Menu

ACH 508: Advanced Methods in Human Osteoarchaeology

This page is under construction - check back soon for finalised information

 

Course Title Advanced Methods in Human Osteoarchaeology 
Course Code ACH 508
Course Type Elective
Level PhD 
Instructor's Name  Asst. Prof. Efthymia Nikita (Lead Instructor) 
ECTS 5
Lectures per Week  1
Laboratories per Week 2
Course Purpose and Objectives This course will provide training in advanced human osteoarchaeological skills that extend beyond and complement the core issues explored in introductory courses onhuman osteology. The focus is on metric and nonmetric skeletal variation asexpressed in the context of a) the variability that characterizes the juvenile skeletonand the challenges this poses, b) palaeopathological assessment and interpretation,c) activity markers, and d) biodistance markers. The aim is for students to distinguishbetween normal and abnormal skeletal morphology and gain expertise inspecialized osteoarchaeological methods for capturing and analyzing differentmorphological parameters. In addition, students will gain analytical skills applicablein human osteoarchaeology with an emphasis on digital technologies andmicroanalytical methods, as well as in-depth knowledge on the scientific principlesof biomolecular and biochemical methods broadly used with skeletal remains. Thecourse will rely heavily on hands-on training in the STARC laboratories.
Learning Outcomes The students will broaden their knowledge in metric and nonmetric skeletal variation and they will gain a solid understanding of how this variation manifests under normal (growth and development, inherited skeletal variation) and ‘abnormal’ (pathological) conditions. In addition, human musculoskeletal anatomy will be explored, following a functional approach. Furthermore, the students will gain a solid understanding of the principles and applications of advanced osteoarchaeological techniques (three-dimensional scanning technology/geometric morphometrics and microscopic analysis) and they will comprehend the scientific principles of ancient DNA and isotopic analysis as invaluable resources regarding palaeomobility and palaeodiet. The emphasis will be on the students gaining practical skills in performing more specialized osteoarchaeological analyses. All methods will be discussed using ample case studies from the EMME in order to highlight their use in providing insights to diverse aspects of past life in this region.
Prerequisites None
Background Requirements None
Course Content 1. Juvenile osteology
1.1. Principles of skeletal growth and development
1.2. Metric and morphological juvenile skeletal variation
1.3. Growth pattern studies

2.  Human functional anatomy
2.1. Joints and their movements
2.2. Muscle and its actions
2.3. Human upright stance, sitting and locomotion
2.4. Skeletal responses to mechanical stress
2.5. Prospects and limitations of past activity reconstruction

3. Palaeopathological analysis
3.1. The Osteological Paradox
3.2. Macroscopic palaeopathological examination
3.3. Histological and biomolecular methods

4. Digital applications in human osteoarchaeology
4.1. Basic principles of 3D surface scanning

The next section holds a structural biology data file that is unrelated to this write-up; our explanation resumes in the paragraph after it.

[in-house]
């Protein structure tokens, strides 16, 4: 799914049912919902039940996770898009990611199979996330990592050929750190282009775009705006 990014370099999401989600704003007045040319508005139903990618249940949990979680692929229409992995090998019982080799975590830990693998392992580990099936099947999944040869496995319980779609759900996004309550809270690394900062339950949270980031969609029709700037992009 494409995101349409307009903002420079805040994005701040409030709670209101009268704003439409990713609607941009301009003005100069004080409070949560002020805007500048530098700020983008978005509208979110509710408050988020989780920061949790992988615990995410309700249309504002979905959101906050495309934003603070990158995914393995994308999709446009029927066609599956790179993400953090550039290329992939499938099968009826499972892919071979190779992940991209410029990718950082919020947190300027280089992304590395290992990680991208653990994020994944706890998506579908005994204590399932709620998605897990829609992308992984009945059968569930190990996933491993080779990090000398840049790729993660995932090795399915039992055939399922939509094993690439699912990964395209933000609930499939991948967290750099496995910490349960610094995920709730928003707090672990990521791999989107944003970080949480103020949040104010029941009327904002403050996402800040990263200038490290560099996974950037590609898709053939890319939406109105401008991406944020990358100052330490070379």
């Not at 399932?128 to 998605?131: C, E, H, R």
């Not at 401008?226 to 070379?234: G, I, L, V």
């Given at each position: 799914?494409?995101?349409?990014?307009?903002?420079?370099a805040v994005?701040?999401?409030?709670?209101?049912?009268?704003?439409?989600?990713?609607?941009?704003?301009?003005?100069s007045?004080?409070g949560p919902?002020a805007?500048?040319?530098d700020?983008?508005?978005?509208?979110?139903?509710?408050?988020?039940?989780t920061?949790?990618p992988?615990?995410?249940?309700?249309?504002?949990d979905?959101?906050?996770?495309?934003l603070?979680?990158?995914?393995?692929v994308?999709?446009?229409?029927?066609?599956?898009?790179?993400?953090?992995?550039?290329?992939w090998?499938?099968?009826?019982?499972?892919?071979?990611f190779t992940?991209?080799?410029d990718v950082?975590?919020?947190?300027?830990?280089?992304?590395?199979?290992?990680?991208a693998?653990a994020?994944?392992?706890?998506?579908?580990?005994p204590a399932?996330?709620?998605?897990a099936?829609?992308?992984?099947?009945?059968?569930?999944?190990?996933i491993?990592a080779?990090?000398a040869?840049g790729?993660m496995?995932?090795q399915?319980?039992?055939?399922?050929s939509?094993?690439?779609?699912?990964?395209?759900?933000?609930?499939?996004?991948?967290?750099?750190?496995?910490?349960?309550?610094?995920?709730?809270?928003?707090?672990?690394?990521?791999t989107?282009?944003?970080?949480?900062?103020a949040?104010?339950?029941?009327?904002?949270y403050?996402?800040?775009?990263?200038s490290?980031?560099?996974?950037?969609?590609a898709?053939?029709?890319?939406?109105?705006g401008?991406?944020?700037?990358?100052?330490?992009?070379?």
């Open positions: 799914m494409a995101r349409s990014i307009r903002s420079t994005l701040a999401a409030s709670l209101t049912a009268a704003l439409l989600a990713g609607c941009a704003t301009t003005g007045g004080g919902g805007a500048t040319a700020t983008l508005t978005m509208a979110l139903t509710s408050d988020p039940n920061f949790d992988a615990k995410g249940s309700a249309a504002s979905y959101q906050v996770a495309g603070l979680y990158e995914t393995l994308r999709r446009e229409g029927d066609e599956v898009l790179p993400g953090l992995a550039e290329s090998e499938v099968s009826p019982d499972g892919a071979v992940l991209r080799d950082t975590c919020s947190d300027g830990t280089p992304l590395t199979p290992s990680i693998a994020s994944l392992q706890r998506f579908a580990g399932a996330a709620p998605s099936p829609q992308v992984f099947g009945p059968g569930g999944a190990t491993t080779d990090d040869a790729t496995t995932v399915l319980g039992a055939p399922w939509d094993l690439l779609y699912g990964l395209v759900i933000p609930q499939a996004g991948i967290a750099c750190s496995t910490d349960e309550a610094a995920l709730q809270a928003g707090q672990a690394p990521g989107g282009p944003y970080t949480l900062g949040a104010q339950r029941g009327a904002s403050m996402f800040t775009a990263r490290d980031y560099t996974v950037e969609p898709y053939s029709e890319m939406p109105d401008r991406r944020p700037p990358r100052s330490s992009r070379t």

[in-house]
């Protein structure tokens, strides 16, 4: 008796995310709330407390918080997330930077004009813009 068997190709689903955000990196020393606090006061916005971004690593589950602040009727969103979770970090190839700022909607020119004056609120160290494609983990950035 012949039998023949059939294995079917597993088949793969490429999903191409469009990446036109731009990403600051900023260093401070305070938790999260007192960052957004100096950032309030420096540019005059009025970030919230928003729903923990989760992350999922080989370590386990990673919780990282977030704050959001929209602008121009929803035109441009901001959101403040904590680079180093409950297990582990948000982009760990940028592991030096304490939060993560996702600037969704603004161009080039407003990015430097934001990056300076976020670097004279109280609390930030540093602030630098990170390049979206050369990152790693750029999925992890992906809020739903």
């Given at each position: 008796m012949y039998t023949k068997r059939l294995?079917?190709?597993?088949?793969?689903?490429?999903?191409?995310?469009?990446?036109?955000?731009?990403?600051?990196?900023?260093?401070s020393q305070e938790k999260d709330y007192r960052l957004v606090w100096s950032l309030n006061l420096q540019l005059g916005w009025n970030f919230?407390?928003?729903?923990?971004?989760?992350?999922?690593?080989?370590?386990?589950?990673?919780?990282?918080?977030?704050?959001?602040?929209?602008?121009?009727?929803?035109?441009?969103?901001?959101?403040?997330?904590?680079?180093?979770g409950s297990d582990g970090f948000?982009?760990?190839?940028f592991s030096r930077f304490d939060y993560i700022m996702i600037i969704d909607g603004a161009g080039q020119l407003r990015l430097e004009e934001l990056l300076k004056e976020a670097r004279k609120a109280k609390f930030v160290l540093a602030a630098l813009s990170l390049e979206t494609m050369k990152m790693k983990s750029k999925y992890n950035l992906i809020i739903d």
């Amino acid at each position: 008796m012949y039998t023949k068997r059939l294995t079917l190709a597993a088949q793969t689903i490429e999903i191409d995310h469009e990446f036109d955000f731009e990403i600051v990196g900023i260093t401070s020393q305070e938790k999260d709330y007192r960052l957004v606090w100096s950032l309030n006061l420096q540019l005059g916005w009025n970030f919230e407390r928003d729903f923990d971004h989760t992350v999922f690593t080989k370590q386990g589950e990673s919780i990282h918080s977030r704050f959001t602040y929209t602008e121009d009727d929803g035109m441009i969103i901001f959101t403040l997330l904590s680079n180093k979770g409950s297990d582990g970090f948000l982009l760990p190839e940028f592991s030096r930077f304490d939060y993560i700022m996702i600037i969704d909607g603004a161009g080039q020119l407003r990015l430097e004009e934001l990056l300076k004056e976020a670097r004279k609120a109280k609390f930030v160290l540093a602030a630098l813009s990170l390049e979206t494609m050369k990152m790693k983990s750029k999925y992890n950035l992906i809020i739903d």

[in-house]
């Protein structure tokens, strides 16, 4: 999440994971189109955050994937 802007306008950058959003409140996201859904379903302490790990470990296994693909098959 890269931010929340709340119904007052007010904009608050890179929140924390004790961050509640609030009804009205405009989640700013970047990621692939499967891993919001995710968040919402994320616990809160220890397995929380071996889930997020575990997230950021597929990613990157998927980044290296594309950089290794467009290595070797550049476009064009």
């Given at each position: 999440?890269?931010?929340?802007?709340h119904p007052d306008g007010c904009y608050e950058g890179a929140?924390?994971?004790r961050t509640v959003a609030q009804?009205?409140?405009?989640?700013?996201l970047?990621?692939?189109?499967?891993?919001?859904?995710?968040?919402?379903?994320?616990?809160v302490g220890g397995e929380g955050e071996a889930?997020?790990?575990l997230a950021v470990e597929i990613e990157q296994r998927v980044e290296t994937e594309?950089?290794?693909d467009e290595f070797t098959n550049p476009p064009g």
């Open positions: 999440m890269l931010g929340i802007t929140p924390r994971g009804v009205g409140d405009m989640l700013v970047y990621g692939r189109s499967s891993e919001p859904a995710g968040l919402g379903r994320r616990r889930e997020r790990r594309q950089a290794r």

4.2. Biodistance analysis (geometric morphometrics)
4.3. Cross-sectional geometry of long bone diaphyses

5. Microanalytical techniques in human osteoarchaeology
5.1. Dental microwear analysis
5.2. Applications of (3D) microscopy (skeletal markers of activity, ageing, palaeopathology)
5.3. Dietary and occupational microdebris in dental calculus

6. Principles and applications of ancient DNA analysis

7. Principles and applications of stable isotopes analysis

Teaching Methodology Lectures, seminars, laboratory practicals
Bibliography 1. Herrmann B, Hummel S. 2012. Ancient DNA: recovery and analysis of genetic material from paleontological, archaeological, museum, medical,
and forensic specimens. New York: Springer.
 
2. McKinnon P, Morris J. 2005. Oxford Textbook of Functional Anatomy: Volume 1: Musculoskeletal System, 2nd edition. Oxford: Oxford University Press.
 
3. Kuzminsky SC, Gardiner MS. 2012. Three-dimensional laser scanning: potential uses for museum conservation and scientific research. Journal of Archaeological Science 39: 2744-2751.
 
4. Makarewicz CA, Sealy J. 2015. Dietary reconstruction, mobility, and the analysis of ancient skeletal tissues: expanding the prospects of stable isotope research in archaeology. Journal of Archaeological Science 56: 146-158.
 
5. Nikita E. 2017. Osteoarchaeology: A Guide to the Macroscopic Study of Human Skeletal Remains. San Diego: Academic Press. 
 
6. Ortner DJ. 2003. Identification of Pathological Conditions in Human Skeletal Remains. San Diego: Academic Press.
 
7. Radini A, Nikita E, Buckley S, Copeland L, Hardy K. 2017. Beyond Food: The multiple pathways for the inclusion of materials into ancient dental calculus. American Journal of Physical Anthropology 162 Suppl 63: 71-83.
 
8. Roberts CA, Manchester K. 2005. Archaeology of Disease. Stroud: Sutton Publishing.
 
9. Saunders SR. 2008. Subadult skeletons and growth related studies. In: Katzenberg MA, Saunders SR (eds.) Biological Anthropology of the Human Skeleton. New York: Wiley, pp. 117-148.
 
10. Scheuer L, Black S, Schaefer M. 2008. Juvenile Osteology: A Laboratory and Field Manual. San Diego: Academic Press.
 
11. Scott RS, Teaford MF, Ungar PS. 2012. Dental microwear texture and anthropoid diets. American Journal of Physical Anthropology 147: 551–579.
Assessment Students will be asked to produce 2 assignments during the course of the semester, followed by a research methods paper.
Language English